Before I entered the Missionary Training Center in Provo, my stake president blessed me that I would be able to learn Spanish. I’d like to tell you that it was easy after that. It wasn’t. I was by far the worst Spanish student in my MTC district. But I tried hard. I even played Spanish tapes at night so that I could get used to hearing the language. When I finally got to Peru, I think I could only say “¿Dónde está el baño?” and “Tengo hambre.” My Peruvian trainer actually learned a little bit of English just so that he could communicate with me.
Eventually, I did learn Spanish. It took a long time. The most effective thing that I did was read the Book of Mormon out loud in Spanish while following along in my English scriptures. But today, I speak Spanish fairly well. I can express myself in nearly every situation and on most topics, and people understand me. In fact, once or twice a year, when on assignment, I do a broadcast to tens of thousands of Spanish-speaking members of the Church. What’s more, I can now largely hear accents. In fact, several years ago, I was in France attending church. As I listened to a non-native speaker give his talk, I turned to the French woman who was translating for me and said, “He has a really heavy accent doesn’t he?” She looked at me with a quizzical look on her face and said, “His accent is terrible. I can barely understand him. But it is unusual for a non-French speaker to be able to hear that.”
Now there are some important similarities between these two experiences. One: in each case I had had a bad experience that gave me reason to doubt that I could succeed at playing the piano or learning Spanish. Two: I was not naturally talented at either music or foreign languages. And three, I struggled mightily with both endeavors. Yet, I failed at learning to play the piano, while I succeeded quite well at learning Spanish—even if it took a while. What was the difference?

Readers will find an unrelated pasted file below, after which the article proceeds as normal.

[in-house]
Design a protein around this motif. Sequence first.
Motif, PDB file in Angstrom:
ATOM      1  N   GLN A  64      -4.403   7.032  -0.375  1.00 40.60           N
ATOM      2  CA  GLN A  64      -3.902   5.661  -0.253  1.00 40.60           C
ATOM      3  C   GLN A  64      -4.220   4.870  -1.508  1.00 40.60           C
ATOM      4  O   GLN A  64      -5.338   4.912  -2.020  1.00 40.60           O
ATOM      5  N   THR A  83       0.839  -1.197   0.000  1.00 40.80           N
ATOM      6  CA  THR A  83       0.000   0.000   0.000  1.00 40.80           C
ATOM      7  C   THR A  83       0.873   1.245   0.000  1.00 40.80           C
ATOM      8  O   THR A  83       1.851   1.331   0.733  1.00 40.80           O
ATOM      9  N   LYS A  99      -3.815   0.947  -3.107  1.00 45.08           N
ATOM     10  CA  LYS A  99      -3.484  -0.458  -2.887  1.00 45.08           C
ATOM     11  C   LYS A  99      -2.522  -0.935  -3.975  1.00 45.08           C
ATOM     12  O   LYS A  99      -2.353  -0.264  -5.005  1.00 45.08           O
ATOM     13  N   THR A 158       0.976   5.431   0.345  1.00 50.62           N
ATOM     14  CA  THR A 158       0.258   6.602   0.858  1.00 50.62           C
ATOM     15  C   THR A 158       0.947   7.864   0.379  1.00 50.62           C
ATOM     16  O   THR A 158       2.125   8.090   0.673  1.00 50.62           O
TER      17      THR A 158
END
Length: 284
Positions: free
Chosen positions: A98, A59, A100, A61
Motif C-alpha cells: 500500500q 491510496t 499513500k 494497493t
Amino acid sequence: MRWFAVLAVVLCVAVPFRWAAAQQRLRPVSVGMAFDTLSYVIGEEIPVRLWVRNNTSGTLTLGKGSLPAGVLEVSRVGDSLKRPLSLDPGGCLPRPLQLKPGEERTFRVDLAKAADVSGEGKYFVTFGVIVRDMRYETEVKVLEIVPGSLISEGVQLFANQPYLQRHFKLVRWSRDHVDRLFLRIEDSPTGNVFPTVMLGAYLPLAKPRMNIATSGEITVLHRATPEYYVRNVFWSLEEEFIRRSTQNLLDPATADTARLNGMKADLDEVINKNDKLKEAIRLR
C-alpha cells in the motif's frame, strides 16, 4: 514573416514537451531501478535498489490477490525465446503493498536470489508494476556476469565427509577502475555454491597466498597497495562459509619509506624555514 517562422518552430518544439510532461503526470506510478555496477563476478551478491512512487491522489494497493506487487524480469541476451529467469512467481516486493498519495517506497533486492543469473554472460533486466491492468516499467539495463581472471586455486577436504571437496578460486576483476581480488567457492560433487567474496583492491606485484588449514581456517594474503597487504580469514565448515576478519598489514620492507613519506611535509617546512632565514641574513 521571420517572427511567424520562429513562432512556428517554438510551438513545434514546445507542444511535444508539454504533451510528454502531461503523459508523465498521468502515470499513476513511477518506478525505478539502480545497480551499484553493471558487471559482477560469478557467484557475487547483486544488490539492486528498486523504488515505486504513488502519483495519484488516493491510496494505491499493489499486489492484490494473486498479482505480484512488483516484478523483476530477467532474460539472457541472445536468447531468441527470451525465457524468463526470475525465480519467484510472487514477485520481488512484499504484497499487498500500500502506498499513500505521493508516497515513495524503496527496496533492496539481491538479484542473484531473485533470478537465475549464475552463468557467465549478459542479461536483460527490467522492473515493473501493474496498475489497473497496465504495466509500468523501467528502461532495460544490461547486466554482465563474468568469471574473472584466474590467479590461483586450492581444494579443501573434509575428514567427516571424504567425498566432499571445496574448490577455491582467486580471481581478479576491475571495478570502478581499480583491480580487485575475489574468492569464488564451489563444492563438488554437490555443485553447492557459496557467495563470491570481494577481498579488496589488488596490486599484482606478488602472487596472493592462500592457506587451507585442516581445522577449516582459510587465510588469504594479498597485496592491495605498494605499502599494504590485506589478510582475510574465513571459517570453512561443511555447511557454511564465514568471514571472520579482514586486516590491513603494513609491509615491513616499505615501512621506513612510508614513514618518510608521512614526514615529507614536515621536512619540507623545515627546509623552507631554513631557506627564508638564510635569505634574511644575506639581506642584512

To answer that question, I want to discuss four principles from the scriptures and the words of the prophets.
The first principle is that all truth is made understandable to us by the Light of Christ and the Holy Ghost. President Brigham Young taught:
This is a question which I would like the scientific and philosophic world to answer, Where do you get your knowledge from? I can answer the question; they get it from that Supreme Being, a portion of whose intelligence is in each and every one. They have it not independently; it was not there until put there. . . . It was taught you by the influence of the spirit that is in man, and the inspiration of God giveth it understanding (Job 32:8).
More recently, Elder David A. Bednar has added, “The Holy Ghost is . . . the teacher and witness of all truth.”
The scriptures verify that it is the Spirit that teaches us truth. The Savior taught that the Holy Ghost “shall teach you all things.” Doctrine and Covenants 50:14 teaches that “the Comforter . . . was sent forth to teach the truth.” Moroni 10:5 adds that “by the power of the Holy Ghost ye may know the truth of all things.”
Furthermore, according to Doctrine and Covenants 84:45, “Truth is light, and whatsoever is light is Spirit, even the Spirit of Jesus Christ.” In other words, truth is not only revealed or made understandable to us by the Spirit, but it also proceeds forth from Jesus Christ through the Light of Christ.
The second principle is that in order to learn truth, we must obey the specific laws that allow us to understand that principle of truth. The Lord taught that “when we obtain any blessing from God, it is by obedience to that law upon which it is predicated.” There are laws upon which learning every truth and doing every good thing are predicated. If we are to learn truth and to do good things, we must obey those laws. This is true for all people—whether you are a member of The Church of Jesus Christ of Latter-day Saints or not. That means that when you learned how to do long division, you first obeyed the laws that allowed the Spirit to help you understand how to do it. For example, the laws associated with learning long division include at a minimum (1) having the process of long division explained to you, (2) pondering the explanation, and (3) applying what you have been taught through practice. A similar process of obeying laws occurred when the Spirit helped you come to know that Jesus is the Christ or that President Russell M. Nelson is the Lord’s prophet on the earth today.